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In Acrobat X Essential Training, author Anne-Marie Concepción demonstrates how to create, modify, review, and share PDFs in Adobe Acrobat X Standard or Pro. Starting with a tour of the new panels-based interface, the course covers the basics of the software, such as creating and customizing PDFs, searching, editing text and graphics, and extracting PDF content to use in other programs. Also included are tutorials on creating forms, inserting interactivity and rich media, using the prepress tools, combining PDFs with other types of files to create customized portfolios, and ensuring document security. Exercise files accompany the course.
Sometimes you're starting with a PDF and you want to add more pages to it from other documents. That is when you want to turn to the Insert command. The Insert command is underneath the tools pane. You want to go down here to Insert Pages. Now Inserting Pages is not the same as Attaching Pages. I covered that in a different video. That's over here, our friend the paperclip where you can attach different documents to this PDF. They are still separate documents, like you can attach an Excel file to this PDF and it would be an Excel file.
Inserting Pages actually lets you insert pages from other PDFs or other file types which it will convert to PDF on the fly and actually increase the page count of this one single PDF. So it is important to remember the difference between Inserting and Attaching. So let's do a very simple insertion. This is a two-page section of some sort of employee benefits manual, and let's say that I want to attach the cover of the employee benefits manual to the front of this, so that it's the new page 1.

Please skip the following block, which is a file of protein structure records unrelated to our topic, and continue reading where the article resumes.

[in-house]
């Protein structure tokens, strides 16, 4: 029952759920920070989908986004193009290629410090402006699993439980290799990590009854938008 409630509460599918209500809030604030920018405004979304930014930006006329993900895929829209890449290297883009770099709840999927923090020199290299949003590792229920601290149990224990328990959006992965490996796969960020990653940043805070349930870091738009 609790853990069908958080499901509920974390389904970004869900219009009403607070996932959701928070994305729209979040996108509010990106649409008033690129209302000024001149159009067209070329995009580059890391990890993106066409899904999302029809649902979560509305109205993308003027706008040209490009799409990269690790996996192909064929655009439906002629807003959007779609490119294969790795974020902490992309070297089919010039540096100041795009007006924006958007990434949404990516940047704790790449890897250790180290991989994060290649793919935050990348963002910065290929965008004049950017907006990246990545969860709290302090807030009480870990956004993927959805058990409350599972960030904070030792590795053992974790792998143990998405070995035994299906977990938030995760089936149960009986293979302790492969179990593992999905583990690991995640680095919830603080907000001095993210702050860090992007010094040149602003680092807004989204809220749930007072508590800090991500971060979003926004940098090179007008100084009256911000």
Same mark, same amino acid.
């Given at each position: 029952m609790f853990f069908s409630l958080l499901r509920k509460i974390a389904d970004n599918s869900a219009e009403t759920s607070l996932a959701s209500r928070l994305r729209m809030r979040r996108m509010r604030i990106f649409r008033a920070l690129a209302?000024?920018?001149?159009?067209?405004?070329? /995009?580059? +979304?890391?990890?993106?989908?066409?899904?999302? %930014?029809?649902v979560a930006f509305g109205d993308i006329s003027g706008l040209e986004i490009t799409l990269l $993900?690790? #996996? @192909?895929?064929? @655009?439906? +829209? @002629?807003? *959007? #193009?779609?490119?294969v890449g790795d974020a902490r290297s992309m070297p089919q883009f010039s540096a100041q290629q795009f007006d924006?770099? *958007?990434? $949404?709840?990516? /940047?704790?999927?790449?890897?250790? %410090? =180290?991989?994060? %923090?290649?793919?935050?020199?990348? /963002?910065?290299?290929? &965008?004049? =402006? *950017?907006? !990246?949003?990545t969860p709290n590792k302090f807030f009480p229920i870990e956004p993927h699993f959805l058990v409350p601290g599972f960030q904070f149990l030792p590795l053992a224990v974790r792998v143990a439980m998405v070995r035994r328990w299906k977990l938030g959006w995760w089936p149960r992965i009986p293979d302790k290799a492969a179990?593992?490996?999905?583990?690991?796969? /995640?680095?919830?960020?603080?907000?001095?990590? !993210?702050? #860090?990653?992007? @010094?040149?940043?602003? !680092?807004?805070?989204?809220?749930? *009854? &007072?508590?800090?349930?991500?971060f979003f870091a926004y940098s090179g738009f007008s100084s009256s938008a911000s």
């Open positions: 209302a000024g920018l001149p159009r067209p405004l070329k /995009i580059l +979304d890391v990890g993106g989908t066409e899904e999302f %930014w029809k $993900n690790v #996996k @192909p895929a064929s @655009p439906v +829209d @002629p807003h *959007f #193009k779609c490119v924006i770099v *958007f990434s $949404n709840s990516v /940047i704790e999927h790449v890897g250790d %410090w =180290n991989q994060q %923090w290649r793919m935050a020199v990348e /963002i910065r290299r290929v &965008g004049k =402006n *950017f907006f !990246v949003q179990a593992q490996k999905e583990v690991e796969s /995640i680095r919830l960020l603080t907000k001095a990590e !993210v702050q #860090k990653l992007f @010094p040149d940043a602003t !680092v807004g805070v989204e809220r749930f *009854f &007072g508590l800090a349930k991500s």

Go to Tools > Insert Pages > Insert from File and locate the cover, which is right here, and it's already a PDF file, and click Select. The only, I would say, drawback to using the Insertion command in my experience is that it doesn't let you choose which pages from the incoming PDF to add. It doesn't even tell you how many pages there are. So unless you know, unless to took a peek beforehand or you know for sure, it's always a gamble, how many pages it's bringing in. But what you do get a choice of is where it should be located, where the insertion should occur.
So the default is After the First page, but it could be Before the current page or whichever page you are on right now. Let's say we want it to be the First page, and we will say Before the First page. So in other words it'll become the new first page and click OK and Boom! We're done. Now it's a three-page document as you can see up here, and if we scroll down you can see, there's our old page 1 is now page 2, and it's three pages. So, that was simple, right? Let's insert another file. Go to Insert from File and this time we will include the Intro.